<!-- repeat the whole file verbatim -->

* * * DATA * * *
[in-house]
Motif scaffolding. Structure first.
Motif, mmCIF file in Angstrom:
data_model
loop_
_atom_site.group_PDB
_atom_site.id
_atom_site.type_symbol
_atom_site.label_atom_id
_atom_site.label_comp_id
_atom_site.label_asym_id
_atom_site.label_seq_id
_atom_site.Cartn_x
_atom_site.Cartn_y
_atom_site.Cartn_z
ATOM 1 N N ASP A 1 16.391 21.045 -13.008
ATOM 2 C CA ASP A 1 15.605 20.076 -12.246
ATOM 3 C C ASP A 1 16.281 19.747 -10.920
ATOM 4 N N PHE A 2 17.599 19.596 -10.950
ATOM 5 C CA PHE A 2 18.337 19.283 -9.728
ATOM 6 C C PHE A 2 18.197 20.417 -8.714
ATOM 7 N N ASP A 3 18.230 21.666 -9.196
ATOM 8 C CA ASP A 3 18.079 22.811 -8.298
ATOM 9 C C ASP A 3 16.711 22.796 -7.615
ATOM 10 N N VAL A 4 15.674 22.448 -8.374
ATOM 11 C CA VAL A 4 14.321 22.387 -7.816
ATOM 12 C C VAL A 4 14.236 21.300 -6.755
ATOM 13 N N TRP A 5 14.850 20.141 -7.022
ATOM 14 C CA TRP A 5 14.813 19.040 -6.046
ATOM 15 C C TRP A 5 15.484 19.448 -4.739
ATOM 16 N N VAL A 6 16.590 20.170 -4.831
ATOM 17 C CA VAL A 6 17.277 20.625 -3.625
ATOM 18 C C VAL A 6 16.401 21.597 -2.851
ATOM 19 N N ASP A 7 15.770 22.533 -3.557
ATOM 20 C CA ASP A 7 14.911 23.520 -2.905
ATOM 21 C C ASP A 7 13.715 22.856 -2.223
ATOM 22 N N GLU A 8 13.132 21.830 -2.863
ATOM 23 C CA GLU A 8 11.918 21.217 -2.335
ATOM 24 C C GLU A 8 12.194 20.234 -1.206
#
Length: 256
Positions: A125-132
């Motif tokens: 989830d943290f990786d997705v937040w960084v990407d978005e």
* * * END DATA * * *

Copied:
[in-house]
Motif scaffolding. Structure first.
Motif, mmCIF file in Angstrom:
data_model
loop_
_atom_site.group_PDB
_atom_site.id
_atom_site.type_symbol
_atom_site.label_atom_id
_atom_site.label_comp_id
_atom_site.label_asym_id
_atom_site.label_seq_id
_atom_site.Cartn_x
_atom_site.Cartn_y
_atom_site.Cartn_z
ATOM 1 N N ASP A 1 16.391 21.045 -13.008
ATOM 2 C CA ASP A 1 15.605 20.076 -12.246
ATOM 3 C C ASP A 1 16.281 19.747 -10.920
ATOM 4 N N PHE A 2 17.599 19.596 -10.950
ATOM 5 C CA PHE A 2 18.337 19.283 -9.728
ATOM 6 C C PHE A 2 18.197 20.417 -8.714
ATOM 7 N N ASP A 3 18.230 21.666 -9.196
ATOM 8 C CA ASP A 3 18.079 22.811 -8.298
ATOM 9 C C ASP A 3 16.711 22.796 -7.615
ATOM 10 N N VAL A 4 15.674 22.448 -8.374
ATOM 11 C CA VAL A 4 14.321 22.387 -7.816
ATOM 12 C C VAL A 4 14.236 21.300 -6.755
ATOM 13 N N TRP A 5 14.850 20.141 -7.022
ATOM 14 C CA TRP A 5 14.813 19.040 -6.046
ATOM 15 C C TRP A 5 15.484 19.448 -4.739
ATOM 16 N N VAL A 6 16.590 20.170 -4.831
ATOM 17 C CA VAL A 6 17.277 20.625 -3.625
ATOM 18 C C VAL A 6 16.401 21.597 -2.851
ATOM 19 N N ASP A 7 15.770 22.533 -3.557
ATOM 20 C CA ASP A 7 14.911 23.520 -2.905
ATOM 21 C C ASP A 7 13.715 22.856 -2.223
ATOM 22 N N GLU A 8 13.132 21.830 -2.863
ATOM 23 C CA GLU A 8 11.918 21.217 -2.335
ATOM 24 C C GLU A 8 12.194 20.234 -1.206
#
Length: 256
Positions: A125-132
């Motif tokens: 989830d943290f990786d997705v937040w960084v990407d978005e």